With care, we can decide to make our embedded elements as generic as possible to blend with any prototypes that shares a common set of characteristics. It’s the reason why a layout set in Southern Quebec with the lower Appalachian Mountain can fit many railways. A rural gravel road doesn’t have tell-tale details. They have existed for a very long time and are still part of the landscape. On the other hand, an asphalt road will set you in a specific era and depending on road markings, it can be even narrower than you think. A non-descript generic backdrop that is evocative will fit many locations too. If too dramatic, it won’t work. Don’t expect to make us believe your Midwest landscape can pass for Southern California! So the key here is “generic” in the sense that it is a common and prototypical occurrence on several railways that share a lot of things in common.


It leaves us with our non-permanent elements which can be permutated to create distinctive eras or locales. An old bilingual wooden crossbuck will set the layout in Quebec up until the late 1980s in some era. Modern ones with reflective red stripes will put us in Canada in the late 70s up to now. English crossbuck or the yellow round ones will send us on the other side on the boundary. Maybe in Maine, New Hampshire or Vermont. Telegraph poles with 2 or 3 crossarms set us on a busy line while smaller poles with 4 or 6 insulators will be a good indication this is a small branchline. Plant them crooked and you are in the modern era. Keep them well maintained and you are back in the steam era. As for road vehicles, they are self explanatory and a good way to pinpoint a specific era. Loads by the sidings can also tell a lot.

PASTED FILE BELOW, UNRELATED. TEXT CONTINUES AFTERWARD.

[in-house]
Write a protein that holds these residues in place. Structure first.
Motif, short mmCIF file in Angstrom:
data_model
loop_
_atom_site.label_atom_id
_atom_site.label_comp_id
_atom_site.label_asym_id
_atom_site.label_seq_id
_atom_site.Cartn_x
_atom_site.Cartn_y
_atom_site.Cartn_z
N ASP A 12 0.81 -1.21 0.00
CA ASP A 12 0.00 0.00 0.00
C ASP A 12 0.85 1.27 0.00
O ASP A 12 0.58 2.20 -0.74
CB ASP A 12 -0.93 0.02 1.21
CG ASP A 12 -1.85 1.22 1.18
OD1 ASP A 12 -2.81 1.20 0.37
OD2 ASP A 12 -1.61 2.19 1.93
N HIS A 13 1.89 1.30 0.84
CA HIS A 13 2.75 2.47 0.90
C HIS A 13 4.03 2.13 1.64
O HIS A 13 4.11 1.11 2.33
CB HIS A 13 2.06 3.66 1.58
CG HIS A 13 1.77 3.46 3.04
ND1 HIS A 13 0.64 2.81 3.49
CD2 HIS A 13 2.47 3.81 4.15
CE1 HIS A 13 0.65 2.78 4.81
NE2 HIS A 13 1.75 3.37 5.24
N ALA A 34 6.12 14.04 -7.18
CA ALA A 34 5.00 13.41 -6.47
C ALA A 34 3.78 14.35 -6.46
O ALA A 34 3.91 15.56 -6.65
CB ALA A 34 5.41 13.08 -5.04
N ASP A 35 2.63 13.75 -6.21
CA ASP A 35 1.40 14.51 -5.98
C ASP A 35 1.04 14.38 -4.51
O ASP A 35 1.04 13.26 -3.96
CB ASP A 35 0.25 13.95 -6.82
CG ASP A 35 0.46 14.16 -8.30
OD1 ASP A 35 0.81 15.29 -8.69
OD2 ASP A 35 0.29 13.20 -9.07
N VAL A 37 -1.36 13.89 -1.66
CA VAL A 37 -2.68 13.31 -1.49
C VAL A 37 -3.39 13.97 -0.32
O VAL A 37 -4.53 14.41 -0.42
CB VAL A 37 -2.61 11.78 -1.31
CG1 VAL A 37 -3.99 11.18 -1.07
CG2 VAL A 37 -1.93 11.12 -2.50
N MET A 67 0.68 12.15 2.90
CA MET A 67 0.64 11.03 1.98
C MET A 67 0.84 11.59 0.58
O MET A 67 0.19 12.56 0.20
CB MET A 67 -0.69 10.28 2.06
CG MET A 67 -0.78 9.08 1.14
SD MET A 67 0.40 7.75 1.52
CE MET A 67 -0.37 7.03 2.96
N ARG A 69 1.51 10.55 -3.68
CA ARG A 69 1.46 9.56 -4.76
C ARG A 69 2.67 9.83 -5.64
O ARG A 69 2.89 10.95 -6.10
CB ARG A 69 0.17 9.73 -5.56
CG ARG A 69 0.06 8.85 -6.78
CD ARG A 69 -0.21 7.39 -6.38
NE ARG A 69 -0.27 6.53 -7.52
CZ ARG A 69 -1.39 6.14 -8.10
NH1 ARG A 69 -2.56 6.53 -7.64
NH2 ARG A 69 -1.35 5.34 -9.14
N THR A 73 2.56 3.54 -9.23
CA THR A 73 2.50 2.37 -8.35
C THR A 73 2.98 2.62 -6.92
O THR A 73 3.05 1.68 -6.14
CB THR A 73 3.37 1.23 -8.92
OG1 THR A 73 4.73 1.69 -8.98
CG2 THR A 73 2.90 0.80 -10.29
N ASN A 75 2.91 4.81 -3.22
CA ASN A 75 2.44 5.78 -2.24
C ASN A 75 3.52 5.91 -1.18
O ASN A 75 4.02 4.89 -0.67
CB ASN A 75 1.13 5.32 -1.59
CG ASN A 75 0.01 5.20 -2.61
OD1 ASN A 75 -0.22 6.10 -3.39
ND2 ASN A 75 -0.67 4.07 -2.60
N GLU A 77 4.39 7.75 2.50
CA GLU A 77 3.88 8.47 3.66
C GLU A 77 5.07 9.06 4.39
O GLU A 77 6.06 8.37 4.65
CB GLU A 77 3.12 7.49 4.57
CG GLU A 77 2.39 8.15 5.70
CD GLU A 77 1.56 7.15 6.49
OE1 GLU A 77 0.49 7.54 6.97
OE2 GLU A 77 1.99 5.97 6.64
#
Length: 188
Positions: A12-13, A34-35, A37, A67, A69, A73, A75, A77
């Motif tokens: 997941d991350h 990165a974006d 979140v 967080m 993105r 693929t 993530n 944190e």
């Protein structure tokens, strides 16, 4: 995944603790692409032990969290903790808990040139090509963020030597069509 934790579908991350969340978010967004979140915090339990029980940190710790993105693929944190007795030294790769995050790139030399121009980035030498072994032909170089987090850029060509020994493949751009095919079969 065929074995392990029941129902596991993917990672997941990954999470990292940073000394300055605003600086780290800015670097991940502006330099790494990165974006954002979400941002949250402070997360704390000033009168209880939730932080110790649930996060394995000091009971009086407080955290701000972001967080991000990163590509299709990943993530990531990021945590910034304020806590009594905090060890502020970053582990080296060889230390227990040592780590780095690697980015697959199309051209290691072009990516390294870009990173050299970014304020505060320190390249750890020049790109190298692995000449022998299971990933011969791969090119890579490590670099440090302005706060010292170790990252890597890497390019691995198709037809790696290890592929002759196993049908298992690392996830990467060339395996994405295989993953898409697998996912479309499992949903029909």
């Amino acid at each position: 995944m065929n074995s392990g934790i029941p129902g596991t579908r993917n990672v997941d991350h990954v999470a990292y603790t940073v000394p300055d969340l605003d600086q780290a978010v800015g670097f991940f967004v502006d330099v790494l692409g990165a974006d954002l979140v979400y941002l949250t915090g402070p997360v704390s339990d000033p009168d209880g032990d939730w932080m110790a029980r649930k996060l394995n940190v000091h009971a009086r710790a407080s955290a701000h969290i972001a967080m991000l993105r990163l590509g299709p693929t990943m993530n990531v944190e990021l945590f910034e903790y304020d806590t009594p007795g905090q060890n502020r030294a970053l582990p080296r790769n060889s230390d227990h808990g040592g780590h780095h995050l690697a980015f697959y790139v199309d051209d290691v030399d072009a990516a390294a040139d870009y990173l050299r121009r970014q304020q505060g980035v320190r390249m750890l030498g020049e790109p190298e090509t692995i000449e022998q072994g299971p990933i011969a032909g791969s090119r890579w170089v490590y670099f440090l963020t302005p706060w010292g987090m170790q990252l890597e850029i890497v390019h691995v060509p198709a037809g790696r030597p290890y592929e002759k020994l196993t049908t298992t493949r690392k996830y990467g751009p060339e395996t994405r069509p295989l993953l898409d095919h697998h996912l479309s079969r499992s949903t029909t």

The last part of these non-permanent elements is the structures themselves. The idea is to use a common footprint for several buildings. A wooden-clad feed mill will set us in the first half of the 20th century while more modern doors, windows and claddings will set us later. Faded paint will also make a similar statement. You can then model a few structures that can be permutated from time to time to create new location. Signage on the building can also be installed with hidden magnets. Then, an old Robin Hood Flour billboard can be replaced with a 1980s Shur-Gain one or something more modern or American if required. There is also a catch behind that idea. If you are like me, you like to build something new from time to time. By sharing a common footprint, several structures, industries or prototypes can be modelled. You aren’t bound to a specific type of industries. It could be a potato warehouse, a creamery, a lumber supply, a saw mill, a food processor or anything that can realistically fit the bill. As long as your initial footprint is realistically sized, it will fit many possibilities.